My friends and co-workers often joke about me always being the victim of some random man’s attraction when we’re at various events. They also tend to look on in confusion, wondering why I don’t shut down some male advances outright. My response is always that I’m trying to temper the crazy. Some women might call it letting a man down easy, but my approach isn’t about shielding a man’s feelings, it’s about protecting my person because you never know how a man will react to being rejected. An experience I had in Miami two nights ago reminded me of why I handle situations as such.
On Tuesday, my best friend and I were celebrating our last night in the seaport city and toasting to a good time had. After drinks at a few places we needed a snack and took a newly made friend up on a recommendation for a taco spot called Bodega on South Beach. My best friend grabbed a bench for us outside while I placed our order indoors. Upon my return to our table I noticed she made a friend — a 30-something bald man from Spain who was too eager to tell me his favorite rappers were Meek Mill, Rick Ross, and Fetty Wap, because “it’s all about the streets.”
At 1 am I wasn’t much in the mood for new friends, especially a European man playing on African American stereotypes so I pretty much ran through the timeline of every social media platform on my phone, occasionally slapping our “guest” a high-five at his request every 5 minutes or so and looking up to make sure my friend was okay. At one point the man asked what my friend and I were drinking. I answered that the water in my hand was fine but my friend decided to take him up on his offer and walked inside the adjacent club to grab a drink at the bar. Already, Lifetime Original Movie titles were floating through my mind as I questioned whether I should follow them to the bar or hold down our spot at the taco truck. At 30 year’s old my best friend is most certainly a grown woman, but in a foreign city with a man I’d already classified as strange, my overprotective sensitivities were starting to kick in.
I did my best to temper them and, thankfully, the two returned in a short enough amount of time that I didn’t waltz in the spot like a mother dragging her underage daughter out of the club. But my patience was running short as this new friend asked a passerby to take a picture of the three of us and had a hard time taking “no” for an answer. Initially, I simply covered my face. The second time I had to lift his arm from around my shoulders since “no means no” is a lesson he clearly never learned.
My friend wasn’t saying much, however, and I couldn’t tell if she was actually entertaining this man or, like me, was hoping passive disinterest would be enough of a hint for him to leave without incident. Our uninvited guest’s testiness began to show when he asked my friend for her number. She politely declined and reminded him that she had his card and could get in contact with him if needed. True to form, he asked for her number two more times before finally accepting he wasn’t going to get it, and as he got up to leave I began to feel relief. I could barely eat for trying to ignore his uncomfortable presence and figure out whether I should interject or let my girl handle things. But things took a turn for the worse when the man leaned in for a kiss as he exited the table and my friend gently pushed him off of her. He drunkenly muttered something about “just trying to say goodbye” that I wasn’t sure was a rapey move or an explanation of the Spanish custom of cheek kissing, but once he said “C’mon I bought you a drink,” I knew it was the former.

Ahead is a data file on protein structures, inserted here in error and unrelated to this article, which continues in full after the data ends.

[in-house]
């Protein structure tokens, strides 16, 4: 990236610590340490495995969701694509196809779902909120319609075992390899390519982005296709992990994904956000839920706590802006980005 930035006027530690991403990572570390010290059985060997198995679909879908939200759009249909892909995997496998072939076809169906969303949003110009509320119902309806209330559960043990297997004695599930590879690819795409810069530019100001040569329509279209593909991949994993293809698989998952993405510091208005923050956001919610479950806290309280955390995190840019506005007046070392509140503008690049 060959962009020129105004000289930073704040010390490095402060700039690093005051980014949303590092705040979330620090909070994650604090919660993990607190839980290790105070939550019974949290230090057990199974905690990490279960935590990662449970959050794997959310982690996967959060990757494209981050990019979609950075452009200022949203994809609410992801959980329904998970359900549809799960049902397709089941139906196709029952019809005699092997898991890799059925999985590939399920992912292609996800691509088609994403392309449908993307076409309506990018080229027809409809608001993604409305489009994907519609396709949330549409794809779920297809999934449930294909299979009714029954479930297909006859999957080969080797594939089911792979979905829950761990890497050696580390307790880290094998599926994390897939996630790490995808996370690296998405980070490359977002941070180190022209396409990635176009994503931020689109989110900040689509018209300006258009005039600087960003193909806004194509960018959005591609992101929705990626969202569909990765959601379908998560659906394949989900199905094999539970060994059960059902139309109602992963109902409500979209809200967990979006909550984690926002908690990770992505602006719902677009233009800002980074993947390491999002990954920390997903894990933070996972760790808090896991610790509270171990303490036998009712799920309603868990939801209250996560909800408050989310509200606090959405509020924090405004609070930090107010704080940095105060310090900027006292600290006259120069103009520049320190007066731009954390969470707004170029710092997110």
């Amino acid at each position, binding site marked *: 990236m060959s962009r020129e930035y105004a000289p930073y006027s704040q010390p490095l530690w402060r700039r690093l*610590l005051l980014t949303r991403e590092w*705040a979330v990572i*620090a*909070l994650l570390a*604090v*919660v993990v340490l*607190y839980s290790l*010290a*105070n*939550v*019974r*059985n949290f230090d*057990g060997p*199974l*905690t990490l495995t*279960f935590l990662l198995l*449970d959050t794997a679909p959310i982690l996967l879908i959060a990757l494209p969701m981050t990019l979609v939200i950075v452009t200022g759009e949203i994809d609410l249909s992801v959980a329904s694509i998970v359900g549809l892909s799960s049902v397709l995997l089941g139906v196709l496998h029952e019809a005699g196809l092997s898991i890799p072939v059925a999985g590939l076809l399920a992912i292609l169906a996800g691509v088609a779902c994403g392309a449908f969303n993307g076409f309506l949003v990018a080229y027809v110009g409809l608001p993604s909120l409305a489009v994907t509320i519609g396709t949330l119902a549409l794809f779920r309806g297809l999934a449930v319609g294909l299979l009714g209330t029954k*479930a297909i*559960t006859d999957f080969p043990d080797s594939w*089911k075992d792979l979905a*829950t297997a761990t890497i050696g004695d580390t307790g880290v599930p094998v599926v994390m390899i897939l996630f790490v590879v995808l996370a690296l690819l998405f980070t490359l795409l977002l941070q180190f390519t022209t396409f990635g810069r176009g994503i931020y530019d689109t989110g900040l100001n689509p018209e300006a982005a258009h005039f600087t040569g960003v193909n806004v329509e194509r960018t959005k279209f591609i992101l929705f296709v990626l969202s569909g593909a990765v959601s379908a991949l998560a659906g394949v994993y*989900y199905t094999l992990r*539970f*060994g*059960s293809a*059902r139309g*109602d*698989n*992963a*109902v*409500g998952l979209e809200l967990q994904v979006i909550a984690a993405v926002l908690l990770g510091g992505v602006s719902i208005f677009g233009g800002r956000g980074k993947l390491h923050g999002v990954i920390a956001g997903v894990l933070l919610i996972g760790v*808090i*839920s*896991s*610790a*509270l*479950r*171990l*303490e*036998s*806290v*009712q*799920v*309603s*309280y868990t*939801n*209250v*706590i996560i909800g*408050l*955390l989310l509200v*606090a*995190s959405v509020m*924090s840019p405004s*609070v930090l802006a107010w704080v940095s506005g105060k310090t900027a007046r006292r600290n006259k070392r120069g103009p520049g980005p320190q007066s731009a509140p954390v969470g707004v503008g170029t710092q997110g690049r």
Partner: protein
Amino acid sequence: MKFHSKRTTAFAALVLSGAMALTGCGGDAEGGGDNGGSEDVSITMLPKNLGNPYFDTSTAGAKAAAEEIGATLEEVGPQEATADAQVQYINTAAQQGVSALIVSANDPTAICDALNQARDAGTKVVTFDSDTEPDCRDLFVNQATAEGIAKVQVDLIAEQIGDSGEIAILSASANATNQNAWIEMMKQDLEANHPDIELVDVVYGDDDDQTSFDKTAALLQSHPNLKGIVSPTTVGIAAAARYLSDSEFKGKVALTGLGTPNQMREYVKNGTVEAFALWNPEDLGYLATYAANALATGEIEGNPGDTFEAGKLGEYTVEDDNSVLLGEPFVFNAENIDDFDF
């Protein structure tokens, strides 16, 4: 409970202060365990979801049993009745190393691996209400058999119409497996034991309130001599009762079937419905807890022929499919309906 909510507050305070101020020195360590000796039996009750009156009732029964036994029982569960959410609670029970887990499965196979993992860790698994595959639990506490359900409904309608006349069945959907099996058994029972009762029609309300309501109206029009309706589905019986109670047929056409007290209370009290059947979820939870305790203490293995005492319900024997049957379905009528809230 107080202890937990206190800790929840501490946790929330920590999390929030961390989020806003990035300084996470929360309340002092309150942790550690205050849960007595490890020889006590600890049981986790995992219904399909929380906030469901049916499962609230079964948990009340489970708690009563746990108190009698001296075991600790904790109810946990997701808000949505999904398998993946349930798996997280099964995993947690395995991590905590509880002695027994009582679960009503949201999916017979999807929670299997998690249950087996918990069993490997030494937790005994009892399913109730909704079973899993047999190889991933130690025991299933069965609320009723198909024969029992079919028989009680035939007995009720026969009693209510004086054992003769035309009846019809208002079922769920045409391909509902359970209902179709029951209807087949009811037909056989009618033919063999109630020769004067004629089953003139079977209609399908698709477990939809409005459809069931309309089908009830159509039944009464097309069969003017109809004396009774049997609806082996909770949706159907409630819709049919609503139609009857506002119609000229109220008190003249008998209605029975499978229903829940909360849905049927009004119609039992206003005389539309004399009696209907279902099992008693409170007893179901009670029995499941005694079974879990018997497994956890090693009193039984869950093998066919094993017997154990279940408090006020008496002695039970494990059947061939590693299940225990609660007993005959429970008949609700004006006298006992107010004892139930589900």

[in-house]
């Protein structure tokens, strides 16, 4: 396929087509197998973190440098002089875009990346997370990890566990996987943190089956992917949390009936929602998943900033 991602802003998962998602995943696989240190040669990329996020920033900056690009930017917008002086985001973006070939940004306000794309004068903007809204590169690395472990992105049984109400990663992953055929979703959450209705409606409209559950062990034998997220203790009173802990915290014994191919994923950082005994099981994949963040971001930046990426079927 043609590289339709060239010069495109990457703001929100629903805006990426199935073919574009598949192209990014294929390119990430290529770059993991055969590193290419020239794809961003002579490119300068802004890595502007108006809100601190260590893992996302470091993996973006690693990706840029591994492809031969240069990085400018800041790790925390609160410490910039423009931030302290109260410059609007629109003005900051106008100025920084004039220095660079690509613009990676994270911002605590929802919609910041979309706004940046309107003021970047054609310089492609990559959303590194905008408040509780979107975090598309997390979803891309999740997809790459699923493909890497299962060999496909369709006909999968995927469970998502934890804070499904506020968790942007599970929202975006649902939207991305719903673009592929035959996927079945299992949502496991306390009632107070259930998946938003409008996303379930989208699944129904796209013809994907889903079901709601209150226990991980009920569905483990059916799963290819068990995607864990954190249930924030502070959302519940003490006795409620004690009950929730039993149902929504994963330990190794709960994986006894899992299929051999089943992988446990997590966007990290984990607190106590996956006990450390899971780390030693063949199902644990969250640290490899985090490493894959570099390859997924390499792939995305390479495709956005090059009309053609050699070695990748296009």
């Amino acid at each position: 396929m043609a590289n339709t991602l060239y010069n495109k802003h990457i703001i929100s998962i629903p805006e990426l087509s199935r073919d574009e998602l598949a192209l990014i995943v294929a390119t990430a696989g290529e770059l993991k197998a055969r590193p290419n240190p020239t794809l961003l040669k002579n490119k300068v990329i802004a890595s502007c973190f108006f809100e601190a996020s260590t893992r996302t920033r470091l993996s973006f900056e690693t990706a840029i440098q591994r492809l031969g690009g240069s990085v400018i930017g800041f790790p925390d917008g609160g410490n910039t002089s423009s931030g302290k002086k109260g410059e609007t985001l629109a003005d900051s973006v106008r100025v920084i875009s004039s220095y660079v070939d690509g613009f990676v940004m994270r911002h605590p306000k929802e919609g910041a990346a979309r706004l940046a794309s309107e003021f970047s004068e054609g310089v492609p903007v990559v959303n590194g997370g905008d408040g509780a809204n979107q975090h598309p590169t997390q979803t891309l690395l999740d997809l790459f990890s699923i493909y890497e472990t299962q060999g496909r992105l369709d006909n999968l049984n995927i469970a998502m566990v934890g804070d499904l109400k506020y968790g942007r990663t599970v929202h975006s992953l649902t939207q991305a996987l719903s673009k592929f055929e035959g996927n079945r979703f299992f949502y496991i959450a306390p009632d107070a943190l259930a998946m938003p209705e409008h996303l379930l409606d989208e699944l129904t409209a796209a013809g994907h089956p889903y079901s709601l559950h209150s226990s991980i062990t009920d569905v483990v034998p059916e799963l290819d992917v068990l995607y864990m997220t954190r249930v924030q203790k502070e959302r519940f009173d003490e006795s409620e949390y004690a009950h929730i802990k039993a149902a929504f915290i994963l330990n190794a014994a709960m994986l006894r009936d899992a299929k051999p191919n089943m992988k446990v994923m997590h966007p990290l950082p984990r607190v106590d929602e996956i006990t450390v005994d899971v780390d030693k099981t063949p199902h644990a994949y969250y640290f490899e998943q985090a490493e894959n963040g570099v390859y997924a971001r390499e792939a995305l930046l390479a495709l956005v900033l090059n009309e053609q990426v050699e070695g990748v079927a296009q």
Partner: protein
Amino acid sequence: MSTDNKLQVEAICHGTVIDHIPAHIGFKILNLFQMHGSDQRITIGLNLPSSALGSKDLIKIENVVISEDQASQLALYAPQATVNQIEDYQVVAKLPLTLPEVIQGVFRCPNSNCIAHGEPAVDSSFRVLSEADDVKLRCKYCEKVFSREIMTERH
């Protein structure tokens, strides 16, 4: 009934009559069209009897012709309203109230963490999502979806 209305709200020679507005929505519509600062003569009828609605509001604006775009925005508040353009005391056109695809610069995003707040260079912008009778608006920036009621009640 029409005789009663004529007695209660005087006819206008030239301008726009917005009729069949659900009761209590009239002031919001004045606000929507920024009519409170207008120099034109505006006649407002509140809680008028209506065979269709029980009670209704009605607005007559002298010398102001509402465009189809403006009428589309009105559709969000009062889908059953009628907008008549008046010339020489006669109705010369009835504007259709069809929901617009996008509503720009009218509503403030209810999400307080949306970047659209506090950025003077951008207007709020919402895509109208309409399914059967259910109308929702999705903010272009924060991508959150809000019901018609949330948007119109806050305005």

My friend informed the intruder that a drink didn’t entitle him to her affections and that’s when I heard the smack. He slapped her on the bill of the hat she was wearing and then proceeded to tell us that we were “b-tches.” The shock of the moment caused a delayed reaction but my friend eventually stood up from the bench and yelled something at the man as I grabbed her arm to try to stop a bad situation from getting worse. Thankfully, he walked off while we sat back down in awkward silence.
I was angry at myself for not stopping things before they got to that point, and equally annoyed at the patrons around us, half of which were men, who failed to intervene, ask if we were okay, or kick this man out of their establishment. I was also frustrated with my friend and equally conflicted about that frustration. Although a man buying you a drink is never an excuse for him to feel entitled to your body, I wished that she, too, would’ve shut things down far before they got to that point — or ecognized the same sleezy vibe I got from this man from the get-go and sent him packing before he got comfortable enough to make such outlandish demands.
Even though my friend still wanted to hang out after the incident I couldn’t. I didn’t want to spend the rest of the night looking over my shoulder or watching my back and hers — because that’s how that situation made me feel, like I had to be on guard. “That’s not fun for me,” I told her flatly.
I want to say the response this man had to being turned down was an extreme case, but history tells me that’s not so. In fact, his reaction was mild considering two years ago a man killed a Detroit mother of three after she rejected his advances; last year a female comic was beaten in D.C. for the same reason; and just this past Labor Day a young woman was gunned down in Brooklyn because she didn’t want a man grinding on her. What that tells me is I’m not being overprotective when I feel the need to watch my friends’ backs around potential suitors (rapey and respectable), I’m being logical. That also makes going out half the fun.